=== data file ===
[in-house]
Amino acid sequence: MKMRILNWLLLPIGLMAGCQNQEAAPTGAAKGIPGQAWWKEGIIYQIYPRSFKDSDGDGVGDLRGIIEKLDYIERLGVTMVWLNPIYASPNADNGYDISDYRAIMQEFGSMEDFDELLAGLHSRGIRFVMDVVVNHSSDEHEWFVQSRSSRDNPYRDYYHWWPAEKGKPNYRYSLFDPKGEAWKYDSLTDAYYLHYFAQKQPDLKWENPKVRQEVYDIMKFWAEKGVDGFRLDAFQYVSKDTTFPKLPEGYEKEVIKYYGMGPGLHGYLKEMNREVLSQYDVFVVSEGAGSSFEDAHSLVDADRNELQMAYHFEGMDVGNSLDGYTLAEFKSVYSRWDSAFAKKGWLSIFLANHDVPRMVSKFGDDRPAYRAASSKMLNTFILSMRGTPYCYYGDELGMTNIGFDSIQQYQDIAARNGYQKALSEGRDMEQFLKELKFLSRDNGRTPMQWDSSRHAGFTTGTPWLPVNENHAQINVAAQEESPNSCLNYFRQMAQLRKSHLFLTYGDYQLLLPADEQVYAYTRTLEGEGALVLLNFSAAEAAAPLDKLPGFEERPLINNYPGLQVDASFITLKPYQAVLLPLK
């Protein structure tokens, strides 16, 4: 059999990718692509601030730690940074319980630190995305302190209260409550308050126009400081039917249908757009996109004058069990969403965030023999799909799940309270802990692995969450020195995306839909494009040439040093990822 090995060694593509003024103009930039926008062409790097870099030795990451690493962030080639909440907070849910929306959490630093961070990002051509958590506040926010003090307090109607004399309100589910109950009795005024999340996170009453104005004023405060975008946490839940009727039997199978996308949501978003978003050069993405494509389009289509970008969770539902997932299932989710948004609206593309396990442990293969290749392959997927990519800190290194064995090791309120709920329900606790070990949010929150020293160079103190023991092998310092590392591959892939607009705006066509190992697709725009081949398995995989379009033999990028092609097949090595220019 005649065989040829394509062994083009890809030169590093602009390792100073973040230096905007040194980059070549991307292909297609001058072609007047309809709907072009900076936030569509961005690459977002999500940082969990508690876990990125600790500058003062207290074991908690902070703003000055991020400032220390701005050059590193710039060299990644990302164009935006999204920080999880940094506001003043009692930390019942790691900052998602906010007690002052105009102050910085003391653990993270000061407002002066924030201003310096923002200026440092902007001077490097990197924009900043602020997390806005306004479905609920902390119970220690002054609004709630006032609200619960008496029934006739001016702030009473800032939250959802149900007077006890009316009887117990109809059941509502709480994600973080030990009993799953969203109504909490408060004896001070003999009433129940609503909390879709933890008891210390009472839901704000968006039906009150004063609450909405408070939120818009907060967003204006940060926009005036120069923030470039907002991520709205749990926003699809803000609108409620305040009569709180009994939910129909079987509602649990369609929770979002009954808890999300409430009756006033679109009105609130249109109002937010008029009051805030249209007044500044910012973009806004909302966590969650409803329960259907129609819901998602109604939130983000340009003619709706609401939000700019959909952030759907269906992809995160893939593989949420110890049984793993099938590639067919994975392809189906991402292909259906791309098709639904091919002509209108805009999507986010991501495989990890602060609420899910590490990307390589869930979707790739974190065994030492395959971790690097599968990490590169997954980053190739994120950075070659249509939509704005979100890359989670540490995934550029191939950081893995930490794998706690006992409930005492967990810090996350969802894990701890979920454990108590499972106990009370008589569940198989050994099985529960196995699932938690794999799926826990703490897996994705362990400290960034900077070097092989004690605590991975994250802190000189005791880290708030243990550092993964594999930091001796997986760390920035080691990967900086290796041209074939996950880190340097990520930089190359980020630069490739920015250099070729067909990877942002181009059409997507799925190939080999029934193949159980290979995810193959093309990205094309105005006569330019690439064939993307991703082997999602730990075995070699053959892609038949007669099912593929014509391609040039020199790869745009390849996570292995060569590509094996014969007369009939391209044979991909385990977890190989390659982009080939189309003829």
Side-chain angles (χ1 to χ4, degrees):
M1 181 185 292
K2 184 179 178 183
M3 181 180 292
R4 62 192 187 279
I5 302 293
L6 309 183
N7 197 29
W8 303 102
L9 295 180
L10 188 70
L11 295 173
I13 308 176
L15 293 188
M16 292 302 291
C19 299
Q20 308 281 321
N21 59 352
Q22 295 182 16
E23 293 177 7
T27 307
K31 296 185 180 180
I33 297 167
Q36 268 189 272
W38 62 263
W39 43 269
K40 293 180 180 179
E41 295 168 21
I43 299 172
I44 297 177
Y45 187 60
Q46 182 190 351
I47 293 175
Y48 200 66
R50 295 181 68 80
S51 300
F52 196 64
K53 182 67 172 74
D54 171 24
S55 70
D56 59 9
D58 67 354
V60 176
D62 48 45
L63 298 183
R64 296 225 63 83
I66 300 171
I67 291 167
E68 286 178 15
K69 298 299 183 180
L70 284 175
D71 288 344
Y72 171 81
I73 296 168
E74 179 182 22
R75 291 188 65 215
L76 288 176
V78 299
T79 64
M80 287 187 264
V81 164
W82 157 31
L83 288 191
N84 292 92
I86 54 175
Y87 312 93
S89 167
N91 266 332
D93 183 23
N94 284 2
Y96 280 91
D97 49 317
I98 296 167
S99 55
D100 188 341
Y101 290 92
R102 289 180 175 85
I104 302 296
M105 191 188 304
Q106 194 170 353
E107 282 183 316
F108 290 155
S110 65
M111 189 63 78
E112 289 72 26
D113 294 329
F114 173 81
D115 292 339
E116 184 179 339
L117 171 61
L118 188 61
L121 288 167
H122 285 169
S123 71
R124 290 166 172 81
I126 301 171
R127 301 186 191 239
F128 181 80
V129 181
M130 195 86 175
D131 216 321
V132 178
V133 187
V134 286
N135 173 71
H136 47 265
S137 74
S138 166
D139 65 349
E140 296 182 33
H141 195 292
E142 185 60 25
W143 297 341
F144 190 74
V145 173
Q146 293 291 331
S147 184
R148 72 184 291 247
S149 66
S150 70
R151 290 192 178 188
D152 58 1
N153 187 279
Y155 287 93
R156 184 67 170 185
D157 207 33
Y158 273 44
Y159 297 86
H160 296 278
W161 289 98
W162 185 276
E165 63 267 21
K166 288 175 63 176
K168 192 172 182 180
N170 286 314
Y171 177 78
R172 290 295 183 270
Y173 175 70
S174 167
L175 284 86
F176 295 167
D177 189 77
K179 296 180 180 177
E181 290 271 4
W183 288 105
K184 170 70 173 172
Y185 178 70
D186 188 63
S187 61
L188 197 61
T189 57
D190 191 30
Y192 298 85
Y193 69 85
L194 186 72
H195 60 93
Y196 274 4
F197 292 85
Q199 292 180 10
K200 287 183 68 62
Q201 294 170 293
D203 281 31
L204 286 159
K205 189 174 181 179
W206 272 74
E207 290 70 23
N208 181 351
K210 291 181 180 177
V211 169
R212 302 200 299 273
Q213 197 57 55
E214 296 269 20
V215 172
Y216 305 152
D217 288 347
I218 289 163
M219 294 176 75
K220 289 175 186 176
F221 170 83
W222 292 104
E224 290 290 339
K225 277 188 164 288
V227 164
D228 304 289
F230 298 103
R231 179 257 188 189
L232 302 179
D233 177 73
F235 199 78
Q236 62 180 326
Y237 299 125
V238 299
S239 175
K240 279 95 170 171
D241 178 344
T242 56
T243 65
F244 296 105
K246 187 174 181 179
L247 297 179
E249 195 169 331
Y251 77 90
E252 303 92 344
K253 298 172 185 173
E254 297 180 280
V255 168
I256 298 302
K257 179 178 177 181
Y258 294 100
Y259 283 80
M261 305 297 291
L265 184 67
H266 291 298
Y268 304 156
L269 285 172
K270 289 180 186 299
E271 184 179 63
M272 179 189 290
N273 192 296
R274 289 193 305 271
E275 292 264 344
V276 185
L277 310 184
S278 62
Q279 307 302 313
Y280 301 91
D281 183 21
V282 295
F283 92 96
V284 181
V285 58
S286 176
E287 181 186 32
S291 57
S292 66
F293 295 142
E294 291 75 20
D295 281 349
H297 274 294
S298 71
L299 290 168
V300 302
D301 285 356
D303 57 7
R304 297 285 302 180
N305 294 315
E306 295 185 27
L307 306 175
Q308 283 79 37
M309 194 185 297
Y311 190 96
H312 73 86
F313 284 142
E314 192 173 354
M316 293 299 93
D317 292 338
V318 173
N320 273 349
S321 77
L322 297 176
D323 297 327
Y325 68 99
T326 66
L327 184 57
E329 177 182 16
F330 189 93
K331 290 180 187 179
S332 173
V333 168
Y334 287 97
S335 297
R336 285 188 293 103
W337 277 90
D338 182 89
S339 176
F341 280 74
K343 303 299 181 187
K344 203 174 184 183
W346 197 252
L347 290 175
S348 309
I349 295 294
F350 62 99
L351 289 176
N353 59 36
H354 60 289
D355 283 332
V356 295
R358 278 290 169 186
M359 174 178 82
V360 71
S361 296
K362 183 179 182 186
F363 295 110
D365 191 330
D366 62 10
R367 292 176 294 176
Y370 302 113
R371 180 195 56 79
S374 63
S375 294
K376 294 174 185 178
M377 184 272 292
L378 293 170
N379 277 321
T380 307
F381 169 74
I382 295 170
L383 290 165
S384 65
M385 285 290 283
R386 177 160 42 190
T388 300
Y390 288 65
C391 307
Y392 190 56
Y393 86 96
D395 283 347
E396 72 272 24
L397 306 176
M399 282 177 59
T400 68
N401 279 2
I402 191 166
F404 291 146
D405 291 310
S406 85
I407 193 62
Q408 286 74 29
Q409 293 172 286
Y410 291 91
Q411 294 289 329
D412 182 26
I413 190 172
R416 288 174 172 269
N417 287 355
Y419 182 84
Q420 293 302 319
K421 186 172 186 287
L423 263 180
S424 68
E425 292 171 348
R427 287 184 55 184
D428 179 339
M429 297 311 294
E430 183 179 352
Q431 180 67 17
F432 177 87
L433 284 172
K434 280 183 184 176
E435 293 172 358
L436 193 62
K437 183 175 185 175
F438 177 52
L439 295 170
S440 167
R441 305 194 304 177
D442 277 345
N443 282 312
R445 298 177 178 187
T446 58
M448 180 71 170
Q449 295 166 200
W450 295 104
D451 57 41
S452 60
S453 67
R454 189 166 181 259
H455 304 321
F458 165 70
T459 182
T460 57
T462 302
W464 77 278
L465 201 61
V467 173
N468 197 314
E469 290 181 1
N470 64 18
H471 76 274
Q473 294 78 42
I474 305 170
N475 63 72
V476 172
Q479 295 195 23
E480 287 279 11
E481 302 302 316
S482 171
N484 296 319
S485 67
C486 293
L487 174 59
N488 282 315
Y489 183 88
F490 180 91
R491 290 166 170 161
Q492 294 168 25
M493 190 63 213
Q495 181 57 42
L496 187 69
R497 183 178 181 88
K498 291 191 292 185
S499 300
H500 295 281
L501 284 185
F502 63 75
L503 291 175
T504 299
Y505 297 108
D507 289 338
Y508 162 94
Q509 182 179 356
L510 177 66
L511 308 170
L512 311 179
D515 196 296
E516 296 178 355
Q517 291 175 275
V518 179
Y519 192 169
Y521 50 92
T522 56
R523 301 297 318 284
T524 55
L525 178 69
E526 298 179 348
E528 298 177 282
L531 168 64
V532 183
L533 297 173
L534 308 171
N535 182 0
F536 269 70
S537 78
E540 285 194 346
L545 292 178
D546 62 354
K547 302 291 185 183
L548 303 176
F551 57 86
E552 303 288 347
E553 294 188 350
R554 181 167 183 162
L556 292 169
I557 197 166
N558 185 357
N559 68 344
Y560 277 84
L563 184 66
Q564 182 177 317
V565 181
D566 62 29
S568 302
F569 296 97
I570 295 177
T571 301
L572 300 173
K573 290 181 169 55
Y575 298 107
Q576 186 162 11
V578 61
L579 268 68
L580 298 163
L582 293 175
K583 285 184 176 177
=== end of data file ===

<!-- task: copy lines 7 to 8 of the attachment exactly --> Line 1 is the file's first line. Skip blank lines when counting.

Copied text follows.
M3 181 180 292
R4 62 192 187 279